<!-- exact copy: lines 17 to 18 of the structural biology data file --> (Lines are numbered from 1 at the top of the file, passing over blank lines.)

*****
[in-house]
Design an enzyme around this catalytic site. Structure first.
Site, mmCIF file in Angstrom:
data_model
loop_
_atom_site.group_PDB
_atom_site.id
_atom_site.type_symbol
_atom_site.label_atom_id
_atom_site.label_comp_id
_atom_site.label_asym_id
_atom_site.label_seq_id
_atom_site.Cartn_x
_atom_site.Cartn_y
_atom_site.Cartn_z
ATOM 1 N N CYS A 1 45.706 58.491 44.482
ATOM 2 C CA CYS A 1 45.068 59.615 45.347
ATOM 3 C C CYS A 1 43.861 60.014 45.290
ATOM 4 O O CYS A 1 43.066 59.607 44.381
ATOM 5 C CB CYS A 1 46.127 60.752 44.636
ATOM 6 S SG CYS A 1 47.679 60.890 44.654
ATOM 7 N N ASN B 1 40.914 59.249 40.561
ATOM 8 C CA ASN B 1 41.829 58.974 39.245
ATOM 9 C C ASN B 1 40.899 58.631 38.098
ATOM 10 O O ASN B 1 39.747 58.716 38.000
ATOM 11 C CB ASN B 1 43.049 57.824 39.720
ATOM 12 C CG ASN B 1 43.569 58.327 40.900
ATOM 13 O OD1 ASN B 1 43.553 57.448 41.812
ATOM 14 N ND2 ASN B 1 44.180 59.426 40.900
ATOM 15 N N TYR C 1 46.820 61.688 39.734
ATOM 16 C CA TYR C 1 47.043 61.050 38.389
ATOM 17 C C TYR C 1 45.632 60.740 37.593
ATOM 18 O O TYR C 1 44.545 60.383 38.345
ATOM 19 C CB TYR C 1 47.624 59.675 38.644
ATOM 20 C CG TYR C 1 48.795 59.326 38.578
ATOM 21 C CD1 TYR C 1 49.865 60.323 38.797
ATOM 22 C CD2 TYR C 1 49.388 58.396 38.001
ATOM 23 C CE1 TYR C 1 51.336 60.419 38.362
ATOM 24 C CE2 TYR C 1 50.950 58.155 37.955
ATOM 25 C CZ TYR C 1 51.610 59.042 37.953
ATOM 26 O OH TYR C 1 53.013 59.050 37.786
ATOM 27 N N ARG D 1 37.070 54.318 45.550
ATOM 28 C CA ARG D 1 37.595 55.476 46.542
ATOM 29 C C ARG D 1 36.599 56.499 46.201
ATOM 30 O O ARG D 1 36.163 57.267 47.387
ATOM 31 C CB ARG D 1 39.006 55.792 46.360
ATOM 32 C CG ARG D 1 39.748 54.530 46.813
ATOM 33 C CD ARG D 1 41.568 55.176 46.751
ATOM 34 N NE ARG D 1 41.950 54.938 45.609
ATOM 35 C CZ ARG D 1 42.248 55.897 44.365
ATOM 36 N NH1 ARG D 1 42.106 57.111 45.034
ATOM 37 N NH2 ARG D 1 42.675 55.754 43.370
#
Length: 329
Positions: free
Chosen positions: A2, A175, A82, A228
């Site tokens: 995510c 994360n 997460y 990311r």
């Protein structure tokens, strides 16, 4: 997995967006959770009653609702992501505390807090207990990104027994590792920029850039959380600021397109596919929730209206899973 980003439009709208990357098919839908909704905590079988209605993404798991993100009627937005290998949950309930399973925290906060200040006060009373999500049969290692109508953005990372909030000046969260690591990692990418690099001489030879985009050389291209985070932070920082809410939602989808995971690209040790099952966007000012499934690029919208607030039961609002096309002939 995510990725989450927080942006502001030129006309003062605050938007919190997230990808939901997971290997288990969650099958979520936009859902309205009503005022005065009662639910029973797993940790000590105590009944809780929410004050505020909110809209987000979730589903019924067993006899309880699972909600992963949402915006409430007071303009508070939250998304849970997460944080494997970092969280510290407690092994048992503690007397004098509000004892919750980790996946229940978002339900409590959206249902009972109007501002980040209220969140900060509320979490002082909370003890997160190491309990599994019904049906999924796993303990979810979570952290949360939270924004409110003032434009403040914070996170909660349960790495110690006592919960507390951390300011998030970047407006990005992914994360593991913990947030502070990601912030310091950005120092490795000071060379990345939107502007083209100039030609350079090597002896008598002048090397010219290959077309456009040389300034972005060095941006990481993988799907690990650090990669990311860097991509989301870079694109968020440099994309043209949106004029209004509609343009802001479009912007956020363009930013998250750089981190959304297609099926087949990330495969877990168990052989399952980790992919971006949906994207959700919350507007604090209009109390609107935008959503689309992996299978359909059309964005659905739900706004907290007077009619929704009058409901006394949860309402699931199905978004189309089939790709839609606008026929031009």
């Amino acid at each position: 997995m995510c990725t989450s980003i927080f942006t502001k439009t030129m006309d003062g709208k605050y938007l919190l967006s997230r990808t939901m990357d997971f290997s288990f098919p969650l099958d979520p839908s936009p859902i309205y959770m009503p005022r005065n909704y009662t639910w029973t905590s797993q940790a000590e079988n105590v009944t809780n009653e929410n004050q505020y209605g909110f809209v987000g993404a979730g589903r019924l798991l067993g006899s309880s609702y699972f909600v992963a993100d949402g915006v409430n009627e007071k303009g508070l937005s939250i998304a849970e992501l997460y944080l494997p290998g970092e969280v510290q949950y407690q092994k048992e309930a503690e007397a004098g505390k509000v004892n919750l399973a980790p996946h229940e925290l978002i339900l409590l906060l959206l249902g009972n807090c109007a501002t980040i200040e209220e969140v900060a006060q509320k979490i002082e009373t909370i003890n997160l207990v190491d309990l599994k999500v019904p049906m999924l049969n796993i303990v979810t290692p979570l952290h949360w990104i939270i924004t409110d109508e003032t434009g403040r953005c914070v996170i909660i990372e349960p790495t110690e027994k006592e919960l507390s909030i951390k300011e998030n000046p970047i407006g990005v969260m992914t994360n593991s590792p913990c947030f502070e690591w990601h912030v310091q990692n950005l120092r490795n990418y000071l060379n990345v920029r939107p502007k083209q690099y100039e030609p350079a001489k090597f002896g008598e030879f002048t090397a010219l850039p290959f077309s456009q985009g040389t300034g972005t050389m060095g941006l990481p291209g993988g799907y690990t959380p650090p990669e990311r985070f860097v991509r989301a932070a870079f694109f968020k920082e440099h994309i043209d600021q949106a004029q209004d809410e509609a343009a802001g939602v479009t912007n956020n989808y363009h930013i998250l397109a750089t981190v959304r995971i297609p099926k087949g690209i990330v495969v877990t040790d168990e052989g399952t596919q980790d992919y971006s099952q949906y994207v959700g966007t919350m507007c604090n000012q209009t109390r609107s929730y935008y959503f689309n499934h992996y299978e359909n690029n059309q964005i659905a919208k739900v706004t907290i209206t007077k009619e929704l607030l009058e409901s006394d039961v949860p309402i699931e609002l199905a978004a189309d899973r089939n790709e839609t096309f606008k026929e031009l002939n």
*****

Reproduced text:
ATOM 2 C CA CYS A 1 45.068 59.615 45.347
ATOM 3 C C CYS A 1 43.861 60.014 45.290